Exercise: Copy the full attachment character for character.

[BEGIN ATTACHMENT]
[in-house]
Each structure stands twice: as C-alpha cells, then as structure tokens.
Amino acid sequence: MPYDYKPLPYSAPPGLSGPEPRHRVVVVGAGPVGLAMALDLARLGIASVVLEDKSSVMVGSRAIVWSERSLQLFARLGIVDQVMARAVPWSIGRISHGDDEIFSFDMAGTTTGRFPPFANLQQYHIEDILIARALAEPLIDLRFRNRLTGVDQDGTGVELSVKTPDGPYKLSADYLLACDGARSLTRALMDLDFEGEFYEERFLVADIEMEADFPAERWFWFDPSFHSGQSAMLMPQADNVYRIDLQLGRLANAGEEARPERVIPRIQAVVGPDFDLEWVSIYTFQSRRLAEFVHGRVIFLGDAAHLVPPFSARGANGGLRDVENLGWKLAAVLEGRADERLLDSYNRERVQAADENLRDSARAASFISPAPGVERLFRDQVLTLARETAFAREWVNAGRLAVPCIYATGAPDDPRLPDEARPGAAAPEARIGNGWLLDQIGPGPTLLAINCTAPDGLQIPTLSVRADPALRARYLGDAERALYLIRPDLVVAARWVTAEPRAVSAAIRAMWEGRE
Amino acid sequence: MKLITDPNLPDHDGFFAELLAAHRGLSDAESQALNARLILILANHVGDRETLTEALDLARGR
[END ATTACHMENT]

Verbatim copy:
[in-house]
Each structure stands twice: as C-alpha cells, then as structure tokens.
Amino acid sequence: MPYDYKPLPYSAPPGLSGPEPRHRVVVVGAGPVGLAMALDLARLGIASVVLEDKSSVMVGSRAIVWSERSLQLFARLGIVDQVMARAVPWSIGRISHGDDEIFSFDMAGTTTGRFPPFANLQQYHIEDILIARALAEPLIDLRFRNRLTGVDQDGTGVELSVKTPDGPYKLSADYLLACDGARSLTRALMDLDFEGEFYEERFLVADIEMEADFPAERWFWFDPSFHSGQSAMLMPQADNVYRIDLQLGRLANAGEEARPERVIPRIQAVVGPDFDLEWVSIYTFQSRRLAEFVHGRVIFLGDAAHLVPPFSARGANGGLRDVENLGWKLAAVLEGRADERLLDSYNRERVQAADENLRDSARAASFISPAPGVERLFRDQVLTLARETAFAREWVNAGRLAVPCIYATGAPDDPRLPDEARPGAAAPEARIGNGWLLDQIGPGPTLLAINCTAPDGLQIPTLSVRADPALRARYLGDAERALYLIRPDLVVAARWVTAEPRAVSAAIRAMWEGRE
Amino acid sequence: MKLITDPNLPDHDGFFAELLAAHRGLSDAESQALNARLILILANHVGDRETLTEALDLARGR